Georgia Commissioner of Agriculture Gary Black Welcome to UGA's 2012 Turfgrass Field Day

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Dr. Gerald Arkin: Let’s give Commission Gary Black a round of applause. Gary. [Applause]

Gary Black: Thank you Dr. Arkin; thanks Jerry. Ladies and gentlemen, I'm going to grab this thing a little bit. Y’all, I appreciate the chance to be here. Thank you for being here. That’s what it’s all about. Let me just tell you, if I were to ask the question I bet we could get a pretty good shaking of heads – we live in a time of uncertainty. We have a lot of economic challenges; a lot of things that are out there that certainly are in front of us. But let me deliver you just a little bit of certainty this morning. I’m certain of several things and I’m going to run through these real quickly. The first thing I’m certain of is I’d better not talk too long. [Laughter] And so I’m real certain of that. I am certain also that you now have a Georgia Department of Agriculture that understands the economic, the billion dollar economic, importance of urban agriculture. I am certain of that. We appreciate the partnership with this University. That’s another thing I’m very certain of that we have a partnership now with the Department of Agriculture, the lead a regulatory agency for agriculture. That partnership is strong, I would suggest stronger than ever with our state’s flagship institution – our land grant university – the University of Georgia. Certainly all campuses but particularly here at Griffin, it’s so important. That partnership is now demonstrated in the fact that we’re now co-… I guess y’all are somewhat of our… We’re tenants now. We’re partners in that we’ve moved some of our efforts of kind of decentralizing state government. Maybe that’s our answer to some of the transportation woes. We’re trying to get fewer of our people in Atlanta and we’ve got some of them here in Griffin with our Plant Industry Division and Mike Evans and others. We have offices here that we are very proud of and I’m going to continue to foster that working relationship. I am certain, ladies and gentlemen, that you do have a governor that can spell agriculture and he has a deep commitment to it. Coming from an agricultural background and having a governor whose dad was a Vocational Agriculture teacher, let me tell you what, that’s important for all of us. I’m certain the governor would much rather be here than being socked in in Atlanta. But on behalf of him, his greetings and his commitment, I can tell you that it is strong. I am certain, ladies and gentlemen, that we have got a Department of Agriculture, real quickly too, we’re interested in – as far as urban agriculture goes – involving you in making our “Georgia Grown” campaign which is the branding of Georgia grown products. It’s kind of been a natural fit for fruits and vegetables for a long time, but I am certain of our commitment to making sure Mary Kay and others, Bryan Tolar and others in the ag industry and the urban ag industry that Georgia Grown when it comes to urban agriculture and those Georgia Grown companies that are active in urban agriculture, that you’ve got a partner in us. And we’ve really looked for some bright things to come. In the future, as we brand the agricultural services and agricultural practices all across our commodity spectrum, I’m certain that that is going to be something positive for industry. And lastly, the one you’ve been most looking forward too, I’m certain that we ought to do a better job of recognizing heroes when they’re in our midst. You know when we kind of get in this political game and some of our friends in a room, it’s kind of you call one another’s name and that kind of happens in these circles. But I hope you’ll know this, and this from my heart – my friend's right down here – when you’ve got a hero in your presence, you'd better recognize him. We’ve got John Yates over here who has had distinguished service in the State House of Representatives. But let me tell you, he’s a World War II veteran and he’s one of my heroes and he serves this area well. We ought to recognize him right now. I’m grateful to you. [Applause] I’ve got a father-in-law and a dad that served in Korea and I did not, and I'd suggest there some over here that did but others of us that did not; but it’s because of folks like that paid the price. He leads Veteran’s Affairs and does… Boy, you talk about a passionate advocate for veterans in Atlanta, he’s right there. He is a hero. Ladies and gentlemen, I’m certain too that you’re going to have a good day today. You’re going to see the newest of technologies; you’re going to see the new varieties. It’s going to be a great day. The Lord provided a great day. Let us rejoice and be glad in it because this is a day He’s made. Lastly, I’m certain you’ve got a good leader here at thisUniversity that’s going to lead our efforts today. He’s put a lot of blood, sweat and tears into this event as well as other members of his team. I hope you will join me in welcoming our leader for the day, Dr. Clint Waltz. [Applause]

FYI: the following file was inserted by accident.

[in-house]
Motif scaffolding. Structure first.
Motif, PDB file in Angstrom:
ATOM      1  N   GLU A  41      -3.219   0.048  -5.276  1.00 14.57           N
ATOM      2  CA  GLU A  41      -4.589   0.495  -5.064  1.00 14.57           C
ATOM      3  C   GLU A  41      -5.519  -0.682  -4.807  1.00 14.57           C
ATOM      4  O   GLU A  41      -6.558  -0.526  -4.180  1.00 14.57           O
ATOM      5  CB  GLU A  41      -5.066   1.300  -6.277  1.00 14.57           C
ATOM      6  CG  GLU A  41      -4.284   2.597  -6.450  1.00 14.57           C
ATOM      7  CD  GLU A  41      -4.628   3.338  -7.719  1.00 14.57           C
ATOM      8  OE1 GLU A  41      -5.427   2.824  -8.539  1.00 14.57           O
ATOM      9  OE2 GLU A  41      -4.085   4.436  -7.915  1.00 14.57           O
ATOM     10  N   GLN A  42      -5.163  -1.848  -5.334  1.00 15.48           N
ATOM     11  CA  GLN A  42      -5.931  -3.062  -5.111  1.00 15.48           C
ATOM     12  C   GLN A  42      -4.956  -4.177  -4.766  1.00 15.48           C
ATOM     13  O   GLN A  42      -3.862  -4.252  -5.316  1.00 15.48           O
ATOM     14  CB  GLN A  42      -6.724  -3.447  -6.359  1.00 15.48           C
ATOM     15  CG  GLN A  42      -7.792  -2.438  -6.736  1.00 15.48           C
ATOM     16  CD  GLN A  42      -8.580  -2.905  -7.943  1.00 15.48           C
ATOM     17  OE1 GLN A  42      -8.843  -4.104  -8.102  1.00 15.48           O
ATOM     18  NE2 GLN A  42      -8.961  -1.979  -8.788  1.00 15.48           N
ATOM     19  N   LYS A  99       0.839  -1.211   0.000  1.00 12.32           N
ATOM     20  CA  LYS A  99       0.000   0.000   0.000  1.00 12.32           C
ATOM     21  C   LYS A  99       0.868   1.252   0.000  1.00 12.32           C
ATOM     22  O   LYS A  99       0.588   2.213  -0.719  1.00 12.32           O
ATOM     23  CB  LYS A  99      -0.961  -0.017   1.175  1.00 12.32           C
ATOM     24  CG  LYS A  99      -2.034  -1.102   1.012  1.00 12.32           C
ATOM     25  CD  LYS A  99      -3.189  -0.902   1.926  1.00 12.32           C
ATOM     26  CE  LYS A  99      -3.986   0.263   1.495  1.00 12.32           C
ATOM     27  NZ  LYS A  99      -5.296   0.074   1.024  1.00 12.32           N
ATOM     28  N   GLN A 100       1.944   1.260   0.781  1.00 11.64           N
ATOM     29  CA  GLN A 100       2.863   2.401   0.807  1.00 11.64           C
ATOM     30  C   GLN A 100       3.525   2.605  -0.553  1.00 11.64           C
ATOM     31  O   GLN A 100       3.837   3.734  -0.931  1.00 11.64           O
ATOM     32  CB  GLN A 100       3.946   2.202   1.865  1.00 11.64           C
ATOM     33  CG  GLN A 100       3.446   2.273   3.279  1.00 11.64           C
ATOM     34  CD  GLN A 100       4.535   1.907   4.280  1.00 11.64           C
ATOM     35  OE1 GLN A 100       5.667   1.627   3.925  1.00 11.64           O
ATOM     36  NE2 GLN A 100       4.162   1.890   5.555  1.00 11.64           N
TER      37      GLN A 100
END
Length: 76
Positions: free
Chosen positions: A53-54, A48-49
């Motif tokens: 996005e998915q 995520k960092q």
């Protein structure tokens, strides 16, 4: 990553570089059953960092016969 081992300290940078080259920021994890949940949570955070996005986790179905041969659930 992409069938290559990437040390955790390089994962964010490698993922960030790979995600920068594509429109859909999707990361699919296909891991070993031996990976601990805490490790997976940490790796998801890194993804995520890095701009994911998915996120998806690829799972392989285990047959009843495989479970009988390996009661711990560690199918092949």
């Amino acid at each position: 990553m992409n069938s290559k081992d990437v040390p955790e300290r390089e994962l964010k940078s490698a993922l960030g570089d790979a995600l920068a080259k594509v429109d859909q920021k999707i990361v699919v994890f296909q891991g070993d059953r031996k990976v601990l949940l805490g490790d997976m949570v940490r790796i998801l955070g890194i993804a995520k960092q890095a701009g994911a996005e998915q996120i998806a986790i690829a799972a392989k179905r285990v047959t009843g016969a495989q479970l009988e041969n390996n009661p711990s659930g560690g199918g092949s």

© 2012 University of Georgia College of Agricultural and Environmental Sciences Griffin Campus